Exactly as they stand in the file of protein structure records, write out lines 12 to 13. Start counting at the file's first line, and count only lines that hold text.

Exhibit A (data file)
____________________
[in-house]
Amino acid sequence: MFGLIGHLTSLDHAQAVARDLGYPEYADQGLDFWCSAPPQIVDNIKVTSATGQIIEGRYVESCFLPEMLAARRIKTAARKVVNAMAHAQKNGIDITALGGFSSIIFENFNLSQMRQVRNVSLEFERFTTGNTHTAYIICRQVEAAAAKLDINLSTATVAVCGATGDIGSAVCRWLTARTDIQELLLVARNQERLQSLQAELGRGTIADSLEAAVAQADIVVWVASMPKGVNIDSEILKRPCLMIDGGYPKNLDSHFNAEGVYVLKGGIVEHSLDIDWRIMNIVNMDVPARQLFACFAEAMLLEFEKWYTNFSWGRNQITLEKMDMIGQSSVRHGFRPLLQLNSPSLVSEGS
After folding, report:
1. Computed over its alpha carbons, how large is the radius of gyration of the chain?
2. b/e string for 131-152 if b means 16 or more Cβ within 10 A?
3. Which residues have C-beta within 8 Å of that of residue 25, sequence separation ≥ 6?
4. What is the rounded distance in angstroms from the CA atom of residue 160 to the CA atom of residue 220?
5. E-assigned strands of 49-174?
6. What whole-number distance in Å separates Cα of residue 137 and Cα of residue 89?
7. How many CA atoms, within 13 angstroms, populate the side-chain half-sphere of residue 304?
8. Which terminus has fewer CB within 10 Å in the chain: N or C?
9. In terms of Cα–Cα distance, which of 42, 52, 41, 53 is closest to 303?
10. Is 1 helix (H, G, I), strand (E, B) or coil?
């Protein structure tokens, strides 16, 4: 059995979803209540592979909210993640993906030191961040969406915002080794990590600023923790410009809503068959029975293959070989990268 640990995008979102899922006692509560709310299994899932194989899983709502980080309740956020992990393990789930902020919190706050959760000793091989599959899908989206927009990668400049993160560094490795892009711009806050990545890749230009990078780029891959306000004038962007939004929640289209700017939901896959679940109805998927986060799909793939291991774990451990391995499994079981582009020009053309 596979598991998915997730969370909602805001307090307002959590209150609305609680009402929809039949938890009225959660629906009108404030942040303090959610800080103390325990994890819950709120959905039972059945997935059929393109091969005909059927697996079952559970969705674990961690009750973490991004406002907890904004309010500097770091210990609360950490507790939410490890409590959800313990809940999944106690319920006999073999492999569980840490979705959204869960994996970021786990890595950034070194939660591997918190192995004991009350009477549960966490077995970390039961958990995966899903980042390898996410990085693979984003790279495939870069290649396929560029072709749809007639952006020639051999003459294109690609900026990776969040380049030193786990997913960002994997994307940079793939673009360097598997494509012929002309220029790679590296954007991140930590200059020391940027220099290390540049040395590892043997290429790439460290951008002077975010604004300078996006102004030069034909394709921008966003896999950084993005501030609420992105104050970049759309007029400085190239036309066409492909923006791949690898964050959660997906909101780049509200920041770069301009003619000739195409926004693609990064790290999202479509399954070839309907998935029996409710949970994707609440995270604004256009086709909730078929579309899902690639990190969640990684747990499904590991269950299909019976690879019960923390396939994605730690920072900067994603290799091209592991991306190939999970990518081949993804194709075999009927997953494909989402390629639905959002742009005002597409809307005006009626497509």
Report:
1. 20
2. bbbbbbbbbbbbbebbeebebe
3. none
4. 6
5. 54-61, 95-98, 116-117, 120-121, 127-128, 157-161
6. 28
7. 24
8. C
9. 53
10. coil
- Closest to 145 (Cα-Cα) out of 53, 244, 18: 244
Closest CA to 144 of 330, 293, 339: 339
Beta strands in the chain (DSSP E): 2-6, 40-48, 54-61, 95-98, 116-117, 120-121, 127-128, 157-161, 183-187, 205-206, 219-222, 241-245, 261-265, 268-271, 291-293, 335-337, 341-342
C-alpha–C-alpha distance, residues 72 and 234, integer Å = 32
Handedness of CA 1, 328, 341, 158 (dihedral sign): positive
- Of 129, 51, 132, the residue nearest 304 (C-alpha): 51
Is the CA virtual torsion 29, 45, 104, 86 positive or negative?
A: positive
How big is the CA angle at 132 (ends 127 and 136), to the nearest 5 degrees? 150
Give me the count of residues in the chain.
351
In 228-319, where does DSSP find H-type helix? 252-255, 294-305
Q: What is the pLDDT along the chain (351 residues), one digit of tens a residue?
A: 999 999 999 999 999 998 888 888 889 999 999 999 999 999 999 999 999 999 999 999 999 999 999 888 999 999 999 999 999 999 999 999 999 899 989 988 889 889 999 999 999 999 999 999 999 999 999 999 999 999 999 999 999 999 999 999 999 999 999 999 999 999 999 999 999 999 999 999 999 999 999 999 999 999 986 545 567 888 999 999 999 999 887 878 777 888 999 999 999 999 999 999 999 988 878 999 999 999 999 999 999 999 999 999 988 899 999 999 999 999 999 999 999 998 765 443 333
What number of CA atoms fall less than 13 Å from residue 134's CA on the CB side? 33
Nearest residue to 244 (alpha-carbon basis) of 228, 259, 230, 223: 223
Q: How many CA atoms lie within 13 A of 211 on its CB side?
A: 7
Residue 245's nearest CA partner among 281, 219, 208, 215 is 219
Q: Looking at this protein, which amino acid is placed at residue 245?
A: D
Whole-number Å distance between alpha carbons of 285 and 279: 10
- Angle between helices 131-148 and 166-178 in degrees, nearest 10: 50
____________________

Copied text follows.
9. In terms of Cα–Cα distance, which of 42, 52, 41, 53 is closest to 303?
10. Is 1 helix (H, G, I), strand (E, B) or coil?